June 13th, 2014
It’s long been understood that Google, Facebook and many other popular websites record users’ data. That data is used a variety of different ways, but most commonly it’s to produce more targeted ads that are relevant to you. This week, Facebook announced that they’ll begin collecting data from users’ browsing history for advertisement purposes over the coming weeks. Naturally, many users feel this is too invasive. At Gizmodo, Ashley Feinberg published a detailed walk-through for how to opt out of Facebook’s new policy. Here are the steps you’ll need to take.
The first thing to understand is that Facebook collects and uses this information by default, so if you don’t want to participate, it requires some proactive effort on your part. To do that, visit the Digital Advertising Alliance’s ‘Opt Out From Behavioral Online Advertising’ page. Turn off any type of ad blocker and make sure to enable cookies for the site to work. To be clear, this doesn’t stop Facebook from collecting information about your browsing history. This only limits how they are able to use that data. Unfortunately, if you want to keep your Facebook account, you’re pretty much accepting that they track your online behavior.
- Companies Collecting Data
Your first action at the Digital Advertising Alliance’s page should be to use the ‘Companies Customizing Ads For Your Browser’ tab. Scroll down to Facebook and check mark it. This is a good time to also look at other websites and companies who have similar policies and opt out as you need to. Then, with all companies that you want checked, hit ‘Submit’.
Chances are, you’re using Facebook’s mobile app also. To opt out on an Apple device, go to the ‘General Settings’ tab and open ‘Restrictions’ then ‘Advertising’. ‘Limit Ad Tracking’ will be a switch you can simply turn off. For Android users, visit the ‘Google Settings’ tab then ‘Ads’. Select ‘Opt-Out Of Internet Based Ads’ and you’re done.
That’s all it takes to be free from overly-invasive data collection on Facebook and other websites. Again, this doesn’t stop them from collecting data, it only stops them from using it to target you with ads.
For help locking down your valuable data, improving your computer’s security or other IT issues, call Geek Rescue at 918-369-4335.
June 10th, 2014
Whether you’re attempting to secure your personal computer, or securing your company’s network, the threat of computer-related crimes is incredibly motivating. Cyber crime cost an estimated $400-billion worldwide last year according to a study released by McAfee and a Washington D.C. based think tank. That number is likely to continuously grow in the coming years. At TechWorld, Jeremy Kirk reports on these findings.
The $400-billion figure is actually on the low-end of the estimated cost of cyber crime. Cyber attack related costs could actually be closer to $575-billion annually.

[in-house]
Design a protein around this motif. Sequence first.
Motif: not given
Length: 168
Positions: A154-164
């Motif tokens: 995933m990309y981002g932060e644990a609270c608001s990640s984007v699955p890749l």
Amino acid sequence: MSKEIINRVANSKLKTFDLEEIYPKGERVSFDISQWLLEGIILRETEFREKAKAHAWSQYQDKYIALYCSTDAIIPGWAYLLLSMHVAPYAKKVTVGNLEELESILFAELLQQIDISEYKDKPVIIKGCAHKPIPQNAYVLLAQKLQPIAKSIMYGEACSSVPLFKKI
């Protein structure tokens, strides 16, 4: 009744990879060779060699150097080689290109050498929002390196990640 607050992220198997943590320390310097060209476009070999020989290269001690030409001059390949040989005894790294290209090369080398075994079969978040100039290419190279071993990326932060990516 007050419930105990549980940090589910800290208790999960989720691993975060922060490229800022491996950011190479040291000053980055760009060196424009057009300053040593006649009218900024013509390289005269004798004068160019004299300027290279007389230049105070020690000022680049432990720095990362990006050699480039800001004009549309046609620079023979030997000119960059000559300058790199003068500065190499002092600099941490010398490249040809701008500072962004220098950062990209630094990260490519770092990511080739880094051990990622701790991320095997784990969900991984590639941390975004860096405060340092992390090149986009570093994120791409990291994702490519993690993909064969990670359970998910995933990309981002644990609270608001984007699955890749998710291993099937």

An estimate is necessary despite the study’s authors conducting in-depth research and data collection because the definition of cyber crime varies from country to country. In fact, some nations have made no effort to track and calculate the cost of this type of crime at all. In addition to these factors, many incidents and attacks go unreported and, in the case of large scale attacks on corporations, the exact cost of an attack is often never known.
The cost the think tank and McAfee arrived at also factors in both the direct and indirect cost of cyber attacks. This includes the amounts spent on attempting to secure against them, as well as the cost to recover and the cost to reputation from having been a victim.
Not surprisingly, businesses in the US suffered higher losses categorized as cyber crime than any other nation. As more vital business functions are moved online, these companies become even more of a target. For this reason, it’s expected that cyber attacks will cost even more in the coming years.
Targeted attacks are usually launched against networks with high value and vulnerabilities that permit ease of access. While it’s impossible to be completely secure from every threat, investing in security makes it more difficult to be exploited, which makes you a less attractive target to criminals.
For help improving security or to recover from an attack, call Geek Rescue at 918-369-4335.
June 9th, 2014
Ransomware has surged in popularity for attackers over the past year. In a ransomware attack, a user’s files are encrypted and only released once a ransom is paid. Usually, this type of malware finds its way onto a user’s device through a malicious email attachment, or phishing website set-up specifically for infection. Neither of these methods are particularly efficient for criminals, however. That’s why, as Jeremy Kirk reports at TechWorld, ransomware attacks have begun appearing in conjunction with malicious advertisements on trusted websites.